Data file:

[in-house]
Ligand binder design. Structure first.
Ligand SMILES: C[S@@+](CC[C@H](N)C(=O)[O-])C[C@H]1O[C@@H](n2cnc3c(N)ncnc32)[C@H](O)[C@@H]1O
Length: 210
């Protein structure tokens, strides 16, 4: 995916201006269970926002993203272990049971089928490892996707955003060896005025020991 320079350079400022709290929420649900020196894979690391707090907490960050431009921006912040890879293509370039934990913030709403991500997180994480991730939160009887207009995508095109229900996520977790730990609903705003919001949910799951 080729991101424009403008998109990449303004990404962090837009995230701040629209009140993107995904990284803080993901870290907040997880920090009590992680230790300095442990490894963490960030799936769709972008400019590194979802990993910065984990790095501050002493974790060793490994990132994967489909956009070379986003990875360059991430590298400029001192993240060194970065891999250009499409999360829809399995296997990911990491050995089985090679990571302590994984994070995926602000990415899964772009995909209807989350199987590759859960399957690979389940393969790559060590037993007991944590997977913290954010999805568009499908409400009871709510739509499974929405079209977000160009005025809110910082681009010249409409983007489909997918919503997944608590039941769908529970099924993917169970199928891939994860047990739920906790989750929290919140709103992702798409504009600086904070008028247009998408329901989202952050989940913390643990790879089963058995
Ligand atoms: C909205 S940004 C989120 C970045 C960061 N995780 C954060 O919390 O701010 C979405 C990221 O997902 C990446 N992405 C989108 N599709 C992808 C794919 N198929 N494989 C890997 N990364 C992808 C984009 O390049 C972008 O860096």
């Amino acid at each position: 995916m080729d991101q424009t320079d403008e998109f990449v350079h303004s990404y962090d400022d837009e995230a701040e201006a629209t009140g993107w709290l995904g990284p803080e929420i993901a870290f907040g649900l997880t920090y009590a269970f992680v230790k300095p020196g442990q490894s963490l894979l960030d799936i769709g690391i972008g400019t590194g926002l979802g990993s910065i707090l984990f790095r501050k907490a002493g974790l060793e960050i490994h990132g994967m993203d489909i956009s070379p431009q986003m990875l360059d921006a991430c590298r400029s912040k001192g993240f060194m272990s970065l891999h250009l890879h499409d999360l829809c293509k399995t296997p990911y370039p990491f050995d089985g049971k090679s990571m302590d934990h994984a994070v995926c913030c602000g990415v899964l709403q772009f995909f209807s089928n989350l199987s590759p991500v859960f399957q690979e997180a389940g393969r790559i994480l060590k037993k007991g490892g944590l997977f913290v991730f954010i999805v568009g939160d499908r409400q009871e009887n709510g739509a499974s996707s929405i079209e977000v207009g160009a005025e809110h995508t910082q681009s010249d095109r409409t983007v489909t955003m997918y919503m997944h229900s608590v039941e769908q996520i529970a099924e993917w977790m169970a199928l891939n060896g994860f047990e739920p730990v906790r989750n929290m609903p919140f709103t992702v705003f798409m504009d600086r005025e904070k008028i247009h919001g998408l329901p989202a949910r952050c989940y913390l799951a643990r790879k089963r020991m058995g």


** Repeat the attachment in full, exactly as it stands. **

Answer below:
[in-house]
Ligand binder design. Structure first.
Ligand SMILES: C[S@@+](CC[C@H](N)C(=O)[O-])C[C@H]1O[C@@H](n2cnc3c(N)ncnc32)[C@H](O)[C@@H]1O
Length: 210
């Protein structure tokens, strides 16, 4: 995916201006269970926002993203272990049971089928490892996707955003060896005025020991 320079350079400022709290929420649900020196894979690391707090907490960050431009921006912040890879293509370039934990913030709403991500997180994480991730939160009887207009995508095109229900996520977790730990609903705003919001949910799951 080729991101424009403008998109990449303004990404962090837009995230701040629209009140993107995904990284803080993901870290907040997880920090009590992680230790300095442990490894963490960030799936769709972008400019590194979802990993910065984990790095501050002493974790060793490994990132994967489909956009070379986003990875360059991430590298400029001192993240060194970065891999250009499409999360829809399995296997990911990491050995089985090679990571302590994984994070995926602000990415899964772009995909209807989350199987590759859960399957690979389940393969790559060590037993007991944590997977913290954010999805568009499908409400009871709510739509499974929405079209977000160009005025809110910082681009010249409409983007489909997918919503997944608590039941769908529970099924993917169970199928891939994860047990739920906790989750929290919140709103992702798409504009600086904070008028247009998408329901989202952050989940913390643990790879089963058995
Ligand atoms: C909205 S940004 C989120 C970045 C960061 N995780 C954060 O919390 O701010 C979405 C990221 O997902 C990446 N992405 C989108 N599709 C992808 C794919 N198929 N494989 C890997 N990364 C992808 C984009 O390049 C972008 O860096």
């Amino acid at each position: 995916m080729d991101q424009t320079d403008e998109f990449v350079h303004s990404y962090d400022d837009e995230a701040e201006a629209t009140g993107w709290l995904g990284p803080e929420i993901a870290f907040g649900l997880t920090y009590a269970f992680v230790k300095p020196g442990q490894s963490l894979l960030d799936i769709g690391i972008g400019t590194g926002l979802g990993s910065i707090l984990f790095r501050k907490a002493g974790l060793e960050i490994h990132g994967m993203d489909i956009s070379p431009q986003m990875l360059d921006a991430c590298r400029s912040k001192g993240f060194m272990s970065l891999h250009l890879h499409d999360l829809c293509k399995t296997p990911y370039p990491f050995d089985g049971k090679s990571m302590d934990h994984a994070v995926c913030c602000g990415v899964l709403q772009f995909f209807s089928n989350l199987s590759p991500v859960f399957q690979e997180a389940g393969r790559i994480l060590k037993k007991g490892g944590l997977f913290v991730f954010i999805v568009g939160d499908r409400q009871e009887n709510g739509a499974s996707s929405i079209e977000v207009g160009a005025e809110h995508t910082q681009s010249d095109r409409t983007v489909t955003m997918y919503m997944h229900s608590v039941e769908q996520i529970a099924e993917w977790m169970a199928l891939n060896g994860f047990e739920p730990v906790r989750n929290m609903p919140f709103t992702v705003f798409m504009d600086r005025e904070k008028i247009h919001g998408l329901p989202a949910r952050c989940y913390l799951a643990r790879k089963r020991m058995g």